Throw Momma From the Train | Chicago Reader

Throw Momma From the Train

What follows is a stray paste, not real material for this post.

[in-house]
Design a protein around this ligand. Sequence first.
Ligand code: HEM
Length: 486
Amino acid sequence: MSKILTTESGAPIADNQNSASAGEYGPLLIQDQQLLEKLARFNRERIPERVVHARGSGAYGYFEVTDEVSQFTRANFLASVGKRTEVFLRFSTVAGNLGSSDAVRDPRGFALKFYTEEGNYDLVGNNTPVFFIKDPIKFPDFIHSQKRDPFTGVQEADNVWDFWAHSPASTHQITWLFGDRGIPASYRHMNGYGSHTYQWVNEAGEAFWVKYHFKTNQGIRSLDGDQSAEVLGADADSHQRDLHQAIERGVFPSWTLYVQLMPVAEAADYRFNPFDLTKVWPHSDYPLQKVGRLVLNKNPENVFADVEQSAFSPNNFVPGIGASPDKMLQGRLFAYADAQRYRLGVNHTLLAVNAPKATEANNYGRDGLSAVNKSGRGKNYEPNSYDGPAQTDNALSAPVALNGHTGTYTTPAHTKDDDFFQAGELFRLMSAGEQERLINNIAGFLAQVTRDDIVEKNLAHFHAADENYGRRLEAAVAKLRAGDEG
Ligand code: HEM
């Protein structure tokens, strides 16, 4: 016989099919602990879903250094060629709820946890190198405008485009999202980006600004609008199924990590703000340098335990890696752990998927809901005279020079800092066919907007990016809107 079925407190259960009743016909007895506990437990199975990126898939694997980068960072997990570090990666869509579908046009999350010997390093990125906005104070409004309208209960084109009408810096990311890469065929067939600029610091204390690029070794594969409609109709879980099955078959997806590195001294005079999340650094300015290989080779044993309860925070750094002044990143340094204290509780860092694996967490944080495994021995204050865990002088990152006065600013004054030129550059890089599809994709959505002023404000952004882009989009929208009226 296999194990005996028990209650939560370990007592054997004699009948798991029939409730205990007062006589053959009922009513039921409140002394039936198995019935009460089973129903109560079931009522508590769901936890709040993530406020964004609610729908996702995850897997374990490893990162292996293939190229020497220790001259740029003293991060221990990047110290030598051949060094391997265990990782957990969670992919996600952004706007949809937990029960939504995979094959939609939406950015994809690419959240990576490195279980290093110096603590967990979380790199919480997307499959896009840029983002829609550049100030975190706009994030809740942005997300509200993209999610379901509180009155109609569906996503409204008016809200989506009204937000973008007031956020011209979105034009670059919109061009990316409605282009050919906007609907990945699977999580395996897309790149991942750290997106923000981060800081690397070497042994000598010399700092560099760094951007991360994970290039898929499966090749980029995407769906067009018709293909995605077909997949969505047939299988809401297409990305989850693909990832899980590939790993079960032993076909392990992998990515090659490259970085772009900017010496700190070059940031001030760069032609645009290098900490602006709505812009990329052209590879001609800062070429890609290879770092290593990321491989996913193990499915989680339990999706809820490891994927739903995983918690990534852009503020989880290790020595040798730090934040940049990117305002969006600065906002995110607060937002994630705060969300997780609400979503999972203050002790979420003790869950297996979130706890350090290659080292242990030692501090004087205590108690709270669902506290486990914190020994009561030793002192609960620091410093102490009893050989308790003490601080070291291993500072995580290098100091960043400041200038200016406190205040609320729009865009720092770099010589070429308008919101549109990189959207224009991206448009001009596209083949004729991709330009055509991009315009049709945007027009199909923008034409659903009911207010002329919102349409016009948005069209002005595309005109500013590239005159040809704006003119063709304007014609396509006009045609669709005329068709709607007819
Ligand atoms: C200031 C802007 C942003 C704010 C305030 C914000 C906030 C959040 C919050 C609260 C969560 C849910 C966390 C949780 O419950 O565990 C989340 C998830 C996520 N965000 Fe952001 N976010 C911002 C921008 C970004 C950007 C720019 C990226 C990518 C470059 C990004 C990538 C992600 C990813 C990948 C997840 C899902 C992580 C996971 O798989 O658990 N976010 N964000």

Danny DeVito's directorial debut (1987) stars himself and Billy Crystal as two writers who become embroiled, through a misunderstanding, in a comic plot of prefigured cross murders patterned after Hitchcock's Strangers on a Train. For all his labors, DeVito can't entirely transcend the silliness and dogged unpleasantness of Stu Silver's script, although he intermittently squeezes some genuine laughs out of the material just the same. Perhaps more importantly, he shows a directorial inventiveness that becomes especially apparent in the editing and various flashy transitions, which augurs well for the future. As performers, Crystal gets a bit overheated while DeVito himself is a mite undercooked; but Kim Greist is delightful as Crystal's tolerant girlfriend, Kate Mulgrew adequate as his scheming ex-wife, and Anne Ramsey suitably grotesque as DeVito's tyrannical mother. PG-13. 88 min.

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